A Ceuta court has upheld a suspension for the repatriation of nine migrant minors to Morocco. They had arrived in the Spanish enclave in May without any adults accompanying them.
A court in Ceuta, a Spanish enclave in Morocco, has upheld a suspension for the repatriation of nine migrant minors to Morocco who had arrived in the Spanish enclave in May without any adults accompanying them.
Two associations had requested the intervention of a judge on the case: Coordinadora de Barrios and Fundación Raíces. The associations claimed that the Spanish authorities had illegally attempted to send the minors back to Morocco.
The unaccompanied minors had arrived in Ceuta during a migratory emergency involving about 10,000 people.
Request for 12 youths
The two organizations filed cases for 12 youths who the national and local administrations had already decided to repatriate in agreement with the Moroccan authorities.
The judge working on the case found that three of them had already been taken back across the border.
On Monday, August 16, the court ruled to halt the repatriation for the other nine as a precautionary measure while awaiting additional elements from the authorities to ascertain whether their decision to repatriate them had been legitimate or not.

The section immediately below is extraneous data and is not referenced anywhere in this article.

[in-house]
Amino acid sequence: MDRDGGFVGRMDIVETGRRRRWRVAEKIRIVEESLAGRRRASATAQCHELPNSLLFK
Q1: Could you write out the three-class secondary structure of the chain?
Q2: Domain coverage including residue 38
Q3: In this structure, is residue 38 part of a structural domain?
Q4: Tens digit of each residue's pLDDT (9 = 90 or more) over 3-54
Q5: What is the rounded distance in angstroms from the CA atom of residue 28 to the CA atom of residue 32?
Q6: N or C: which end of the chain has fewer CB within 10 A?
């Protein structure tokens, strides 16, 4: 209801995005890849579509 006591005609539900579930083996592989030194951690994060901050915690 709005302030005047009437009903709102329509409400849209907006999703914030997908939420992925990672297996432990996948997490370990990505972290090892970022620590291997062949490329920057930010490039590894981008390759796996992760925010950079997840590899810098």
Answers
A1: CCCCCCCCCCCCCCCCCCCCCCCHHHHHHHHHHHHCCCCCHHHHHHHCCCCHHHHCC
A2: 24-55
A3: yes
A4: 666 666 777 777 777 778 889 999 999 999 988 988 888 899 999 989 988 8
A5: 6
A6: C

On Tuesday it upheld the suspension, since the method that was to have been used for the repatriation was not in line with the law. The decision is subject to appeal.
1,097 minors arrived in Ceuta in May
In light of last week's decision and other cases opened into attempts to send minors back to Morocco from Ceuta, the authorities in the enclave have decided to temporarily halt scheduled repatriations.
El Pais reported that Spanish prime minister Pedro Sánchez has given a deadline of Thursday for Ceuta president Juan Jesús Vivas to find a solution on the matter. According to government figures, some 1,097 minors arrived in the enclave in May and about 50 have been repatriated.